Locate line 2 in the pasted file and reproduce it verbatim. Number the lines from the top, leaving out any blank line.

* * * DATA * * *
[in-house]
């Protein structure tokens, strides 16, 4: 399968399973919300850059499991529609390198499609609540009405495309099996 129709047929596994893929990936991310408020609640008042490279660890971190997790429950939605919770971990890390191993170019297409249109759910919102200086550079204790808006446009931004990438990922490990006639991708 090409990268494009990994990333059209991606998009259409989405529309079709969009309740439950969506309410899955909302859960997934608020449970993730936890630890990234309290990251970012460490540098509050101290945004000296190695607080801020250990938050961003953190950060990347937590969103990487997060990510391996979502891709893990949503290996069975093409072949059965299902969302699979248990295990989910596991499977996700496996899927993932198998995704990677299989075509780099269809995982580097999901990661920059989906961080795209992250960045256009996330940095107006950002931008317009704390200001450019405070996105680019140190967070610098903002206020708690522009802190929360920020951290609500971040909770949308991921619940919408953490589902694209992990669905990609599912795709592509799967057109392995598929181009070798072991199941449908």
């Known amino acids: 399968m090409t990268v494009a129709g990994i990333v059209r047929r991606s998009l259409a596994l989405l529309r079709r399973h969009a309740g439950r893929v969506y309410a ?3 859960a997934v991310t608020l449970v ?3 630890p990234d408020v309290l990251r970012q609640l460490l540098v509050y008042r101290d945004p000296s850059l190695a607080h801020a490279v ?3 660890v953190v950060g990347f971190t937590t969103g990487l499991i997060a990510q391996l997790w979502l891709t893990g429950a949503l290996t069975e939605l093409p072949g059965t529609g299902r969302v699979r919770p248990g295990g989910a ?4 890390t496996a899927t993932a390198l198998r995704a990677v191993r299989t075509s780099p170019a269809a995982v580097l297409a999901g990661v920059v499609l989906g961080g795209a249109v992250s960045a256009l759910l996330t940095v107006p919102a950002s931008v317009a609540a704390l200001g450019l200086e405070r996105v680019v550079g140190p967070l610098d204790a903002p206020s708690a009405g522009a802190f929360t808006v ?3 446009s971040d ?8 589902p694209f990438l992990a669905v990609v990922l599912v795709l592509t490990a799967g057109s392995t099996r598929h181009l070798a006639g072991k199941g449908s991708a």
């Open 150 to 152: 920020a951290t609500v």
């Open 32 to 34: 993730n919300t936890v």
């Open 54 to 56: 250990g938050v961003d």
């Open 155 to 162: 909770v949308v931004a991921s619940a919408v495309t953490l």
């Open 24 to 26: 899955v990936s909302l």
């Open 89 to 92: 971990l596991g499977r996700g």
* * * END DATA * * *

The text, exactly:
């Protein structure tokens, strides 16, 4: 399968399973919300850059499991529609390198499609609540009405495309099996 129709047929596994893929990936991310408020609640008042490279660890971190997790429950939605919770971990890390191993170019297409249109759910919102200086550079204790808006446009931004990438990922490990006639991708 090409990268494009990994990333059209991606998009259409989405529309079709969009309740439950969506309410899955909302859960997934608020449970993730936890630890990234309290990251970012460490540098509050101290945004000296190695607080801020250990938050961003953190950060990347937590969103990487997060990510391996979502891709893990949503290996069975093409072949059965299902969302699979248990295990989910596991499977996700496996899927993932198998995704990677299989075509780099269809995982580097999901990661920059989906961080795209992250960045256009996330940095107006950002931008317009704390200001450019405070996105680019140190967070610098903002206020708690522009802190929360920020951290609500971040909770949308991921619940919408953490589902694209992990669905990609599912795709592509799967057109392995598929181009070798072991199941449908």